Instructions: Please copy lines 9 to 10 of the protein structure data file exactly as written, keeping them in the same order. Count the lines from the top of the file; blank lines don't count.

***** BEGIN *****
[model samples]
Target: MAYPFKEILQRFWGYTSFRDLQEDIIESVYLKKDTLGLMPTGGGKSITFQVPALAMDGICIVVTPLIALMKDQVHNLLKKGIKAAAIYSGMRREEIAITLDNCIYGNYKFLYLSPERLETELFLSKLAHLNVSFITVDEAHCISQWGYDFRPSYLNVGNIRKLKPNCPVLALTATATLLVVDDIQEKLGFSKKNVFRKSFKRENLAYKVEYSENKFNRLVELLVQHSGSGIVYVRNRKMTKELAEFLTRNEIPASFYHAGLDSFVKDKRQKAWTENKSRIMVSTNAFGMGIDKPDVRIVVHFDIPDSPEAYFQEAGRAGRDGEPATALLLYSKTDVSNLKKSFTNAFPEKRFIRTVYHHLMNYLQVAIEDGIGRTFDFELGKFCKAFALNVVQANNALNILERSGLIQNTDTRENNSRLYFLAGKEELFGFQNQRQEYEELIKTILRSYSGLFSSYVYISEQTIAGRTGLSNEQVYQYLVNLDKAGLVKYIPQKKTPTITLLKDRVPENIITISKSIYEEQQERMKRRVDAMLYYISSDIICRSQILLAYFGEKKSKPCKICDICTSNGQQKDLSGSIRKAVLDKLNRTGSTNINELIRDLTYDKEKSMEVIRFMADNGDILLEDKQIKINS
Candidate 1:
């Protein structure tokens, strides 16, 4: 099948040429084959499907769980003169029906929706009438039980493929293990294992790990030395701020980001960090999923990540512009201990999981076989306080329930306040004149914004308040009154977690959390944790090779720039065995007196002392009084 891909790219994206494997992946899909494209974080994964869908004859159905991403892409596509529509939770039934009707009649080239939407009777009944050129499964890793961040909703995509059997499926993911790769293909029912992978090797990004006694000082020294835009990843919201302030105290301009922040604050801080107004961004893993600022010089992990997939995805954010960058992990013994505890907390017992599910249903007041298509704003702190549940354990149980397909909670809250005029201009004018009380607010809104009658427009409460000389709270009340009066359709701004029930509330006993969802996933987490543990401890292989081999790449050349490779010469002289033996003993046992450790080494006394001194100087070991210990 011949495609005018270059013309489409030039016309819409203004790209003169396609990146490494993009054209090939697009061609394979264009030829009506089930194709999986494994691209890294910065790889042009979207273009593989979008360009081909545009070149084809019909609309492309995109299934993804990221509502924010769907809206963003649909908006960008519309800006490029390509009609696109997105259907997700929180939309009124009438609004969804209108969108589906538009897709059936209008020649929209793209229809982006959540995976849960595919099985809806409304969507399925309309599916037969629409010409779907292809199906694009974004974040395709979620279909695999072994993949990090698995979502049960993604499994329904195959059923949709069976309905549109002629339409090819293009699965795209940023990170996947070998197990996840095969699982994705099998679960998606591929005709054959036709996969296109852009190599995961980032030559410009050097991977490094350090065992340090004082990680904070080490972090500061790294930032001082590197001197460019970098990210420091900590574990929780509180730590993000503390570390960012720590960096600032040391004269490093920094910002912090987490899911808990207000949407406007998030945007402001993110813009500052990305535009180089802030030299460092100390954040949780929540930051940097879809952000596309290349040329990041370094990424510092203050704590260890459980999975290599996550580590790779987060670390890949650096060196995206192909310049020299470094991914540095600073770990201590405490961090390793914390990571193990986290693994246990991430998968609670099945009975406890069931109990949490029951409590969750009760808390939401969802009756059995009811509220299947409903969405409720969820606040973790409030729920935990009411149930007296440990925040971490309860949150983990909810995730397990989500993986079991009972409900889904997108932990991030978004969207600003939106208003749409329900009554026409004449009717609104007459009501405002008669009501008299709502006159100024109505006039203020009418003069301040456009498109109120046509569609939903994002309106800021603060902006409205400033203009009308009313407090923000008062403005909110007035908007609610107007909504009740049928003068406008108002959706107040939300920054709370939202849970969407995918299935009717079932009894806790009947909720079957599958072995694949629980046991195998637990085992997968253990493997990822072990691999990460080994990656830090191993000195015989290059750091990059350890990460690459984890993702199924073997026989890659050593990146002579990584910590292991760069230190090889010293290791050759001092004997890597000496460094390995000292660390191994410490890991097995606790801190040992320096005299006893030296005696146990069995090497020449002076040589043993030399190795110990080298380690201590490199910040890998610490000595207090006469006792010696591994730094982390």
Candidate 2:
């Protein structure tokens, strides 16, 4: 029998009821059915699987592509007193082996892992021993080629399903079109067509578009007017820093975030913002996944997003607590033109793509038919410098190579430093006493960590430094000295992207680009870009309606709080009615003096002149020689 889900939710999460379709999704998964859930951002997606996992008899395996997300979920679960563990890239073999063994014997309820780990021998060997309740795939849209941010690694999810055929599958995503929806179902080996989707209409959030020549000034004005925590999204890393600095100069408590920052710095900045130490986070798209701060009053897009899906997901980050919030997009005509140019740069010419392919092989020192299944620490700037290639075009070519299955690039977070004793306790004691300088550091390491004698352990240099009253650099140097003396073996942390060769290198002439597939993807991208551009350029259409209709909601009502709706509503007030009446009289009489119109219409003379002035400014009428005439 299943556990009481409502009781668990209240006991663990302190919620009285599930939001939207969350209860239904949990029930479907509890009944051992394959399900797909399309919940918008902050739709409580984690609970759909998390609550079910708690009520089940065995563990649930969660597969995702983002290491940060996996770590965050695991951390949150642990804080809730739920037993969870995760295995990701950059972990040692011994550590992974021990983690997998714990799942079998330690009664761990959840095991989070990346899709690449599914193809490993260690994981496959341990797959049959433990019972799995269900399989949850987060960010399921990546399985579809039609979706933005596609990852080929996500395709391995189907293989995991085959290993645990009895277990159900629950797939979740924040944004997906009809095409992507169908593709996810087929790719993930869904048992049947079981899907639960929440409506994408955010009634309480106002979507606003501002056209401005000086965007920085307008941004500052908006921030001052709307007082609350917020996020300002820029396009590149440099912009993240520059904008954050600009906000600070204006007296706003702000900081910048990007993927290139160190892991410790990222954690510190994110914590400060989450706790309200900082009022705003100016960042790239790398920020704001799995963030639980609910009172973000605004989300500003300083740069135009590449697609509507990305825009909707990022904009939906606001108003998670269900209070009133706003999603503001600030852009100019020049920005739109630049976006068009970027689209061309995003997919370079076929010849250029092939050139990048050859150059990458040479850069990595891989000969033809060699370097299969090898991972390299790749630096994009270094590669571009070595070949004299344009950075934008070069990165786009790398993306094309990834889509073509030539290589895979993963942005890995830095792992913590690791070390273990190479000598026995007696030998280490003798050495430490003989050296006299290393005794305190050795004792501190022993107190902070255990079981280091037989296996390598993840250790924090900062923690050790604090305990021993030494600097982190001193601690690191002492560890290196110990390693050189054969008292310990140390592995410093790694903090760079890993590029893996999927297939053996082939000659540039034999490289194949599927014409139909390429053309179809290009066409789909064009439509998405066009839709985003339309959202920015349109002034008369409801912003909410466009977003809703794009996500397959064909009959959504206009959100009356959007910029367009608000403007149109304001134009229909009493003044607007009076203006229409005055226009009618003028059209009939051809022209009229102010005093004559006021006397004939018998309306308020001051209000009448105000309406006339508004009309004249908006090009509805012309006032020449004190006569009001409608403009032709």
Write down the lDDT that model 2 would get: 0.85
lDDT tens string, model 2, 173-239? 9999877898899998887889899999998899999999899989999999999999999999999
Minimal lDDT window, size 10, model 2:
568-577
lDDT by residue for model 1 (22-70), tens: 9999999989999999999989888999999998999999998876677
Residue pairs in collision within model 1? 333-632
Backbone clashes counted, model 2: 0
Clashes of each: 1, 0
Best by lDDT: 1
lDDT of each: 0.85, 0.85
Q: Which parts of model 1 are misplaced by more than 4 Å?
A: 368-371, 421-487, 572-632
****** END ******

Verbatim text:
Minimal lDDT window, size 10, model 2:
568-577